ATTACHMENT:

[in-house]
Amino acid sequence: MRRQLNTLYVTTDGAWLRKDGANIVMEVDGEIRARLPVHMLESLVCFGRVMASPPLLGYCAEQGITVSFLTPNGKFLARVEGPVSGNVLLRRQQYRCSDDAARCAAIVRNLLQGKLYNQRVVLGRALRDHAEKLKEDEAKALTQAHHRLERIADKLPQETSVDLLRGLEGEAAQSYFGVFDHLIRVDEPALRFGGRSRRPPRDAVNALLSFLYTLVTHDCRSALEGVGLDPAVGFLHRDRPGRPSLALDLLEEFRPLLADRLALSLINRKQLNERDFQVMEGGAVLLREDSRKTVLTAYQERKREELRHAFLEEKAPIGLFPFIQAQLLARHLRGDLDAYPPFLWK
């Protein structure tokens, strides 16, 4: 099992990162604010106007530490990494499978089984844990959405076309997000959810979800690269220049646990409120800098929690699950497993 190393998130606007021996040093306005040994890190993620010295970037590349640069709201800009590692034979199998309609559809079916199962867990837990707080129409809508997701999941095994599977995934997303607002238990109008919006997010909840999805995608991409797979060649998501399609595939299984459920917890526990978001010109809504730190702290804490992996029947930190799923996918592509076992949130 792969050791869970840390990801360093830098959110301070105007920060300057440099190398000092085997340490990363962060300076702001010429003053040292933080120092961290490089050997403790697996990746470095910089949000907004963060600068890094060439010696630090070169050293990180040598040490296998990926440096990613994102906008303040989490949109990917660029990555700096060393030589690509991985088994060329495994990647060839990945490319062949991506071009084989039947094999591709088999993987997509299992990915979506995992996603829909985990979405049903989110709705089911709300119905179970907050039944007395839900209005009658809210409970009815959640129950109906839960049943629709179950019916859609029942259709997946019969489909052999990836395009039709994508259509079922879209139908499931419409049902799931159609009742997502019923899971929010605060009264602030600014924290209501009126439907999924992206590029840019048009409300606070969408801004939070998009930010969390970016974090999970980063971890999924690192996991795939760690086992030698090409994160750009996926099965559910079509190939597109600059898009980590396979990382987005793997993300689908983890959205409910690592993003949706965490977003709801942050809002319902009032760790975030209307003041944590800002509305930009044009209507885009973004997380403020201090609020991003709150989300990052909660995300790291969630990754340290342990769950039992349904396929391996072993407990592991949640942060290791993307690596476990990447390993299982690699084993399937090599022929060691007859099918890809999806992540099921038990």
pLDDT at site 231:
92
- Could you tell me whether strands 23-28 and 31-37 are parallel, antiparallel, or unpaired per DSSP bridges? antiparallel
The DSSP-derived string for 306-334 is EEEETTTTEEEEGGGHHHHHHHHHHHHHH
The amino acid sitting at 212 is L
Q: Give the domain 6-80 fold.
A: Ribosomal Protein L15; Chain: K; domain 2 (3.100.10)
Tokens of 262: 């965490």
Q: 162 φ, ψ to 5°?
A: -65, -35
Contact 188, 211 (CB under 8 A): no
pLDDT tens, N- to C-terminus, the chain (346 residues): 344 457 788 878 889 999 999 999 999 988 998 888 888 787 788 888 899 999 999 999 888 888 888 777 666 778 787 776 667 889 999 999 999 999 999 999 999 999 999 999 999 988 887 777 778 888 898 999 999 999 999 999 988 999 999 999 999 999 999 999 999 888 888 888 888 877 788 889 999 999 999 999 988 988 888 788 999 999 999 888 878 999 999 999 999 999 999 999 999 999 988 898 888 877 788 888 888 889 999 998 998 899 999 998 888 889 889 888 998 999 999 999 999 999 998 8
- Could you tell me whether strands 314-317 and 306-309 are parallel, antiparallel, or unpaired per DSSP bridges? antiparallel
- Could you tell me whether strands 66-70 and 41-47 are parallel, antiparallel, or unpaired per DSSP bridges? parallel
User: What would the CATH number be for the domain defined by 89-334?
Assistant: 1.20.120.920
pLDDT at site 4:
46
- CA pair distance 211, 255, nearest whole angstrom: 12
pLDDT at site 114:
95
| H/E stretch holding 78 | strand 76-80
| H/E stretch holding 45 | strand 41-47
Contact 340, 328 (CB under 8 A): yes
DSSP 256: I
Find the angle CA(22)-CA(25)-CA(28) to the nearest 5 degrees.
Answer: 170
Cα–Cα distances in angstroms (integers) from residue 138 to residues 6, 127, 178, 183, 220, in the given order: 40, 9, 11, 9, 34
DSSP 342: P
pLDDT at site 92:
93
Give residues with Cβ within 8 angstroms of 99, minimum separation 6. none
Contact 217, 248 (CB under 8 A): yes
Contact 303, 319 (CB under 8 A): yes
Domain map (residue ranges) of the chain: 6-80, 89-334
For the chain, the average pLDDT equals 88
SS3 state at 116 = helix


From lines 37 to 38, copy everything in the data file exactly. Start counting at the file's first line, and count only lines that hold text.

Contact 303, 319 (CB under 8 A): yes
Domain map (residue ranges) of the chain: 6-80, 89-334